The Economic and Financial Crimes Commission (EFCC) has started scrutinising the 2013 audit report of financial and process flows into Nigeria’s extractive industries prepared by the Nigeria Extractive Industries Transparency Initiative (NEITI) which alleged that billions of dollars were not remitted to the federation account.
It stated in the statement signed by NEITI’s Director of Communications, Orji Ogbonnanya Orji that the Chairman of the EFCC, Ibrahim Magu made the decision to investigate the content of the report after receiving copies of the reports from NEITI’s Executive Secretary, Waziri Adio.
Magu, it noted, explained that it was no longer acceptable for NEITI to publish reports and agencies, companies and individuals that have clearly committed financial crimes as disclosed by the reports left to go without sanctions.
“I have heard people say that NEITI has no teeth to bite, but today I assure you that by our renewed joint collaboration, the EFCC will provide NEITI with the required teeth to bite,” Magu was quoted to have said.
He also advised members of the task force to carry out the assignments with utmost diligence by developing an action plan for the commission to work with.
Adio on his part lamented that while NEITI has been churning out series of audit reports since 2004, no one has either been tried or convicted for economic infractions.
He thus called on the EFCC to step in and help NEITI enforce required sanctions as contained in the NEITI Act.
He also explained that through the NEITI process, information and data contained in its reports are based on facts voluntarily provided and signed up by covered entities during the audit process.
According to him, the recent report on oil, gas and solid minerals for the period 2013 highlighted several issues that require full-scale investigations by the EFCC.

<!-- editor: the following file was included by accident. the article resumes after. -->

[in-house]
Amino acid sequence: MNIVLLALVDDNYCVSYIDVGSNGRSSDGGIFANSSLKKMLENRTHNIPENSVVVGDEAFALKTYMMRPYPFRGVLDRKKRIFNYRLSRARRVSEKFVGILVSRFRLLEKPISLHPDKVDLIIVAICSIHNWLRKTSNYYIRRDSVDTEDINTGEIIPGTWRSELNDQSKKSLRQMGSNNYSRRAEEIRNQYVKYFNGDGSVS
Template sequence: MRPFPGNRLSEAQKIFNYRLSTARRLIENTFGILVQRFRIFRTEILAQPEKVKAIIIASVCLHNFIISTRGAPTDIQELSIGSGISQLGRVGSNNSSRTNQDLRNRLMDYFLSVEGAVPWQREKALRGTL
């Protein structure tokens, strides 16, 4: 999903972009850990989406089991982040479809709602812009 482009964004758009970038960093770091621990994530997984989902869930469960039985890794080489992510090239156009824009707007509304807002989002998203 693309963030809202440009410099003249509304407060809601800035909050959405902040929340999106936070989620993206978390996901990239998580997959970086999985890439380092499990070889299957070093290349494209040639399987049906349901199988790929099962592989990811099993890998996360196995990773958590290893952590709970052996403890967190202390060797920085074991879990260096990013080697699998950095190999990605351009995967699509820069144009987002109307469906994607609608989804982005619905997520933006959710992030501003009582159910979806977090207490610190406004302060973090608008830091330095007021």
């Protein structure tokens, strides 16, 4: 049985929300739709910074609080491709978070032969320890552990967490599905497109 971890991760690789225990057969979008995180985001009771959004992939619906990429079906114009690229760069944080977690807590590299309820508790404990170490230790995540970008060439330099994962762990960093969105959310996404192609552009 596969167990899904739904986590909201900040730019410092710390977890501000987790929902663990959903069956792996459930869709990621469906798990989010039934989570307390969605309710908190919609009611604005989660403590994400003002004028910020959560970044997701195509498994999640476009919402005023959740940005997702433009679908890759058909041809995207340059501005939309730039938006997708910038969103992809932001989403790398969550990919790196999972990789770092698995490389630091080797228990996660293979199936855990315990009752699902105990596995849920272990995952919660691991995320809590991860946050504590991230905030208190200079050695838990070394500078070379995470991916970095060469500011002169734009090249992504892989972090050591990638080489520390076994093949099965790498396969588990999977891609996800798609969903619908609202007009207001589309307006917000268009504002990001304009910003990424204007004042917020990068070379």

NEITI’s visit to and collaboration with the EFCC follows its presentation and debate of the audit reports for the first time to the Nigerian Senate at plenary.
The Senate had after Adio’s presentation of the report and its debate, set up a nine-member committee headed by Senator Jubril Barau, Chairman Senate Committee on Petroleum (Downstream) to study and advise it on the necessary legislative actions it can take on it.
NEITI had in the 2013 audit of operations in Nigeria’s oil and gas industry flagged off several operational anomalies allegedly committed against the country either by the Nigerian National Petroleum Corporation (NNPC) or other independent operators.
The agency in the report disclosed that the NNPC has not remitted $12.9 billion it received from the Nigeria Liquefied Natural Gas (NLNG) as the dividend in eight years to the government, though the NNPC has provided an explanation on how parts of the money were spent on it.
NEITI also said the sums of $5.966 billion and N20.4 billion were lost by the country within the period majorly from NNPC’s operation of Offshore Processing Agreements (OPA), crude oil swap arrangements and products’ theft, and that the sums of $3.8 billion and N358.3 billion were still outstanding payments due to the federation from the NNPC and all of its subsidiaries from its operations amongst others.
In a related development, the NEITI’s Executive Secretary, Waziri Adio, has expressed the readiness of his agency to collaborate with the EFCC, in tackling corruption in the country by reporting serious infractions that violate the country’s constitution.
Adio stated this yesterday during a courtesy visit to the acting Chairman EFCC, Ibrahim Magu at the Commission’s Head Office, Abuja.